Philip Weller caricature
Philip and Weller hugging

Welcome to my web site, now under development for more than twenty years.   
-- Philip Weller, November 13, 1941 - February 1, 2021
Dr. Weller, an Eastern Washington University professor of English and Shakespearean scholar for more than 50 years.

Three Witches, the Weird Sisters

[This is an annotated list of all appearances and all mentions of the three Witches.]

Woodcut from the title page of a pamphlet about three witches executed in 1618.

"When shall we three meet again? / In thunder, lightning, or in rain?" (1.1.1-2), says the First Witch, at the very opening of the play. They make plans to find Macbeth upon the heath, and exit chanting "Fair is foul, and foul is fair: / Hover through the fog and filthy air" (1.1.11-12).      [Detailed Scene Summary]

"Killing swine" (1.3.2.), answers the Second Witch, when the First Witch asks her what she has been doing. A little later in the scene, the witches meet Macbeth and Banquo, and give their prophetic greetings to Macbeth: "All hail, Macbeth, thou shalt be king hereafter!" (1.3.50), and to Banquo:"Thou shalt get kings, though thou be none" (1.3.67).      [Detailed Scene Summary]

"They met me in the day of success: and I have learned by the perfectest report, they have more in them than mortal knowledge" (1.5.1-3). Thus Macbeth, in his letter to his wife, writes of the witches. Macbeth has jumped to a conclusion; he doesn't know for sure that the witches have supernatural knowledge. It's true that moments after they hail Macbeth as Thane of Cawdor, Angus and Ross deliver the news that he has been named Thane of Cawdor, but that news wasn't a secret. The witches could have picked it up before Angus and Ross showed up.      [Detailed Scene Summary]

Banquo says to Macbeth, "I dreamt last night of the three weird sisters: / To you they have show'd some truth." Macbeth replies, "I think not of them" (2.1.21), which is a lie. He has been thinking of nothing but the witches' prophecy, and as soon as Banquo goes to bed, Macbeth goes to murder King Duncan.      [Detailed Scene Summary]

After Macbeth has become king, Banquo has a soliloquy in which he reflects on what Macbeth has done: "Thou hast it now: king, Cawdor, Glamis, all, / As the weird women promised, and, I fear, / Thou play'dst most foully for't" (3.1.1-3). Banquo then wonders if the witches' prophecy about him will also come true.

Later in the same scene, Macbeth has a soliloquy in which he gives his reasons for having Banquo murdered. One of those reasons is that Macbeth feels that Banquo is naturally superior to him. In particular he remembers how Banquo stood up to the witches: He chid the sisters / When first they put the name of king upon me, / And bade them speak to him" (3.1.56-58). He goes on to complain that then the witches prophesied that Banquo -- not Macbeth -- would be the father of a line of kings.      [Detailed Scene Summary]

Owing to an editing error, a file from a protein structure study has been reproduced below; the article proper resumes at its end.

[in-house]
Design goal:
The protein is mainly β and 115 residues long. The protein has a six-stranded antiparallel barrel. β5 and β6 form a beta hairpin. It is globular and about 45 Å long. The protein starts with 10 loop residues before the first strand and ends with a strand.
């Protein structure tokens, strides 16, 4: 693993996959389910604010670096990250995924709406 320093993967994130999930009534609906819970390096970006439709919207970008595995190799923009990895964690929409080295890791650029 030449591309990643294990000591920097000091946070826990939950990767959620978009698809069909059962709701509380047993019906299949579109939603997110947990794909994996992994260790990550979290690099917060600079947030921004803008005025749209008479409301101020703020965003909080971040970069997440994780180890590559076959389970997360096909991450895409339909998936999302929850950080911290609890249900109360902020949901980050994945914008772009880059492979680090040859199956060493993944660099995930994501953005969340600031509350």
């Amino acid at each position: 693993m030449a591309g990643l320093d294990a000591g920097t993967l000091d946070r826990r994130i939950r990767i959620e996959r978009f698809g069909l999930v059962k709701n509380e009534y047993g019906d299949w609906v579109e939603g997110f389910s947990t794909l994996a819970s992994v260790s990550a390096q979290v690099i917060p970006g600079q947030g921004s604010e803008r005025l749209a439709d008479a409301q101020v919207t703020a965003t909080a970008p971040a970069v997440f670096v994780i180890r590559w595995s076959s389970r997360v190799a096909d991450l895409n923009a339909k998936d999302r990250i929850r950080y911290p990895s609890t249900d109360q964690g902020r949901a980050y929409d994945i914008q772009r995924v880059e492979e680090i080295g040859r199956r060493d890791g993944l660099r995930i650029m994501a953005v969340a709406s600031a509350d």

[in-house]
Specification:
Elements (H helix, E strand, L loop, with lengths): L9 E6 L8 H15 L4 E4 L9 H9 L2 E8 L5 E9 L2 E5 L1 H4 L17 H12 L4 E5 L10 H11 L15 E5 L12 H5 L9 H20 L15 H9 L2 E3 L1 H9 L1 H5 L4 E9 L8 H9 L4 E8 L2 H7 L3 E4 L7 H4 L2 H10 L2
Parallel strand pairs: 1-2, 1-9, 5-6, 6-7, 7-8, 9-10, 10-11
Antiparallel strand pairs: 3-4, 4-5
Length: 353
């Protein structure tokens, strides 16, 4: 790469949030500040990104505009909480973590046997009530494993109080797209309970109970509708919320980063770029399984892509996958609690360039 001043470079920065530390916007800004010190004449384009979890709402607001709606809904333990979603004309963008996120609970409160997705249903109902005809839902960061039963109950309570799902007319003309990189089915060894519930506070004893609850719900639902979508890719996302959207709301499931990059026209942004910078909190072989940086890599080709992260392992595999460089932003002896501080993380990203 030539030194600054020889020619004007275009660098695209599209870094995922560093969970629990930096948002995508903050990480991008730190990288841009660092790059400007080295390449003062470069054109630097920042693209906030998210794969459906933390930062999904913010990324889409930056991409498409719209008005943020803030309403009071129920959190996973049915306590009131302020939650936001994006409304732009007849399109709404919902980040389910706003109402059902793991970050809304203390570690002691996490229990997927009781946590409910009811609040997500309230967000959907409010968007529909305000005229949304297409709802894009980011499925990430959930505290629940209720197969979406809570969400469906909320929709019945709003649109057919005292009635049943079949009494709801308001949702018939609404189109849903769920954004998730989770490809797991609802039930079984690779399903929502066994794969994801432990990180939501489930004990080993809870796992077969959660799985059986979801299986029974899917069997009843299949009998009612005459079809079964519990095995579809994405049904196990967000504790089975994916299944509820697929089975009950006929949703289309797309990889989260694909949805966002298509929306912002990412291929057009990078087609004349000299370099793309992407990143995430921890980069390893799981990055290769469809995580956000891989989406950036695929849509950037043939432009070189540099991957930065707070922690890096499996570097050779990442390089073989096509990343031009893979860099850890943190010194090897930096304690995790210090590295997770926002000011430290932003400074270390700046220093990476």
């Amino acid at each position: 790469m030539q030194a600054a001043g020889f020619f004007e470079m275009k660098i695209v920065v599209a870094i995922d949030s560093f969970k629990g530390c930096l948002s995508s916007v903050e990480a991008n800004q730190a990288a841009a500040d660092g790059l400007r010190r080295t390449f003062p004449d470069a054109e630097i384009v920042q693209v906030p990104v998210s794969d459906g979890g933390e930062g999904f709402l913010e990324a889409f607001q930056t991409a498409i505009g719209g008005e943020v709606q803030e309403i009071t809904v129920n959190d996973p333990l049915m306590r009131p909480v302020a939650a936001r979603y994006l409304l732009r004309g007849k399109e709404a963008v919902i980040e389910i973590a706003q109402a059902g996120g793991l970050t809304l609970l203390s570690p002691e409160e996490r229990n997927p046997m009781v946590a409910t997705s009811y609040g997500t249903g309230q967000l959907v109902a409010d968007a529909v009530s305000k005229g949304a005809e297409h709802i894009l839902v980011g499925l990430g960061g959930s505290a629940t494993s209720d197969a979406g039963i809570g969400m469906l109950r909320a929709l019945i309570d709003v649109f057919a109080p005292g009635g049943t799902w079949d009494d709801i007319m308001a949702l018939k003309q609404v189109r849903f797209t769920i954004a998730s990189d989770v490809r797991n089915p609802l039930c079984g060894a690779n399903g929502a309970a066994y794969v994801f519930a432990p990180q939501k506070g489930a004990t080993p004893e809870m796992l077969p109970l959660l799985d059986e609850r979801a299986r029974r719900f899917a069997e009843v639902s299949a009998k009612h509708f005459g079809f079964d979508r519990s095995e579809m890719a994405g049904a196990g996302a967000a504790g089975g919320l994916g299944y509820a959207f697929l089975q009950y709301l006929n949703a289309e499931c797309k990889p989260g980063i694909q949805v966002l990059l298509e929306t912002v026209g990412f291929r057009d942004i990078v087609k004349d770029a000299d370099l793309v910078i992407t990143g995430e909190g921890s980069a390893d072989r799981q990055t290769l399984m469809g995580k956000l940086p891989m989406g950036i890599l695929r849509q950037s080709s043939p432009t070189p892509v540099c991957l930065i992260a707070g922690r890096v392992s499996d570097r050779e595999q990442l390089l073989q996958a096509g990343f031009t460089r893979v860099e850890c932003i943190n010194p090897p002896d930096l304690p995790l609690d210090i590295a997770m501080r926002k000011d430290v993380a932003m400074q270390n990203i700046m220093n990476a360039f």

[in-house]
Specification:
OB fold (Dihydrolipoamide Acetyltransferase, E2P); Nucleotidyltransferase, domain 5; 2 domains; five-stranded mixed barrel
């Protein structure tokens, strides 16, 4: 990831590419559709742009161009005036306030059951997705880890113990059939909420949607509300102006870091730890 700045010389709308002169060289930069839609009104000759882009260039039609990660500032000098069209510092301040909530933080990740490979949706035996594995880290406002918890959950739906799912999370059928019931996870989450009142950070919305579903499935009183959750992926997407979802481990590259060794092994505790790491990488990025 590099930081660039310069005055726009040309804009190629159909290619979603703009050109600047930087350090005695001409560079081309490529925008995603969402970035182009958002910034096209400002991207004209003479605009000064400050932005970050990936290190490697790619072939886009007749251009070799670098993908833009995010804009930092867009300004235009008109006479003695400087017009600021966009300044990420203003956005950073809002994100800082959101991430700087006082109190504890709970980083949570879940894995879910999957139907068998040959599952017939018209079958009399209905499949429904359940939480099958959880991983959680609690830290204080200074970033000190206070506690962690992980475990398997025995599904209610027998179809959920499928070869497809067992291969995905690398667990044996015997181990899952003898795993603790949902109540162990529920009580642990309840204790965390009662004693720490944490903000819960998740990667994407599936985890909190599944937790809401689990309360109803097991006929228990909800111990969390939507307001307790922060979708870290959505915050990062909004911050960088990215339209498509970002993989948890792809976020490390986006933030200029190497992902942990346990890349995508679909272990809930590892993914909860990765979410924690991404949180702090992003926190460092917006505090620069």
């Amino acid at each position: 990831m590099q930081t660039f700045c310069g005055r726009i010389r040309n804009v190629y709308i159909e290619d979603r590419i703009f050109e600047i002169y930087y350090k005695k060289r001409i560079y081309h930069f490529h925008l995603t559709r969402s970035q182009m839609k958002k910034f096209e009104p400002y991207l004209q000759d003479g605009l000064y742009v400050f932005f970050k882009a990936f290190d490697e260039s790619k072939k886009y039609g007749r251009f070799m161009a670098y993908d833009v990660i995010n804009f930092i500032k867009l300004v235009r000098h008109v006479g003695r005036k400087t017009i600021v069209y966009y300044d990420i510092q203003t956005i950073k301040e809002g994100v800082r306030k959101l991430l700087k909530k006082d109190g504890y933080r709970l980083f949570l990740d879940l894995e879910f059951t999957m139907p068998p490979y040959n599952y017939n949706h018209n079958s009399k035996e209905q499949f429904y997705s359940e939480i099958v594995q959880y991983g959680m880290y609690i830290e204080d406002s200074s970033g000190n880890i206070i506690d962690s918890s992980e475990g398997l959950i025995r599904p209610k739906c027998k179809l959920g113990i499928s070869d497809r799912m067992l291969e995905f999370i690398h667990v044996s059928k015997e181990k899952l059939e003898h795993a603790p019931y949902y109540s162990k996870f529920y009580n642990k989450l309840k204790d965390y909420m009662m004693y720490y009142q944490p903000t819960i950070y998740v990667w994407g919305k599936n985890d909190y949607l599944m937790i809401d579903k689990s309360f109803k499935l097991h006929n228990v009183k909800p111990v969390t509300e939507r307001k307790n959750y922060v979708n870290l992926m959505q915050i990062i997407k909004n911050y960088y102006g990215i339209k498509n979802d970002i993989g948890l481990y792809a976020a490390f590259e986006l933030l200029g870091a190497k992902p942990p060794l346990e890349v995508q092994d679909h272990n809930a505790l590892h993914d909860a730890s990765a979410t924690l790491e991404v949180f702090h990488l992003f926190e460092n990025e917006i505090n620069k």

After the Ghost of Banquo has appeared as an uninvited guest at Macbeth's banquet, Macbeth tells his wife that "I will to-morrow, / And betimes I will, to the weird sisters: / More shall they speak; for now I am bent to know, / By the worst means, the worst" (3.4.131-134). "Betimes" means "very early," which seems a bit strange, because the witches are presented as creatures of the night, not the morning. Also, it's clear that Macbeth wants to know what is the worst that can happen to him, but what does he mean by referring to the witches as "the worst means"? He must know that they are evil, but does he also know that they are not to be trusted? (How could he not know? How can those who make a bargain with the devil forget that the devil is the devil and won't keep his end of a bargain?)      [Detailed Scene Summary]

After the Ghost of Banquo appears at Macbeth's banquet, Macbeth tells his wife that he will visit the witches again, to learn the worst that can happen. In the next scene Hecate enters to the crackle of "Thunder (3.5.1, s.d.)." She lets the three witches know that she is angry with them because they haven't let her take the lead in their dealings with Macbeth. She then tells them that they will mislead Macbeth to his destruction. Of the three witches, only First Witch speaks. At the beginning of the scene she says that Hecate looks angry. At the end of the scene, she says that they better hurry to follow Hecate's orders, because she will be back soon.      [Detailed Scene Summary]

In their best-known scene, the three Witches prepare for the arrival of Macbeth, who comes to learn his fate. As the scene opens, the Witches hear their familiars calling to them, telling them it's time to work their black magic. The First Witch says, "Thrice the brinded cat hath mew'd" (4.1.1). Then they gather around a cauldron, chanting, "Double, double toil and trouble; / Fire burn, and cauldron bubble" (4.1.10-11), and make a sickening stew. When Macbeth enters, they call forth apparitions from the cauldron, and the apparitions deliver prophecies to Macbeth.      [Detailed Scene Summary]

As he awaits his last battle, Macbeth tries to convince himself that all will be well, and says, "The spirits that know / All mortal consequences have pronounced me thus: / 'Fear not, Macbeth; no man that's born of woman / Shall e'er have power upon thee'" (5.3.4-77). The witches are not "spirits," but they showed Macbeth the apparitions that Macbeth quotes.      [Detailed Scene Summary]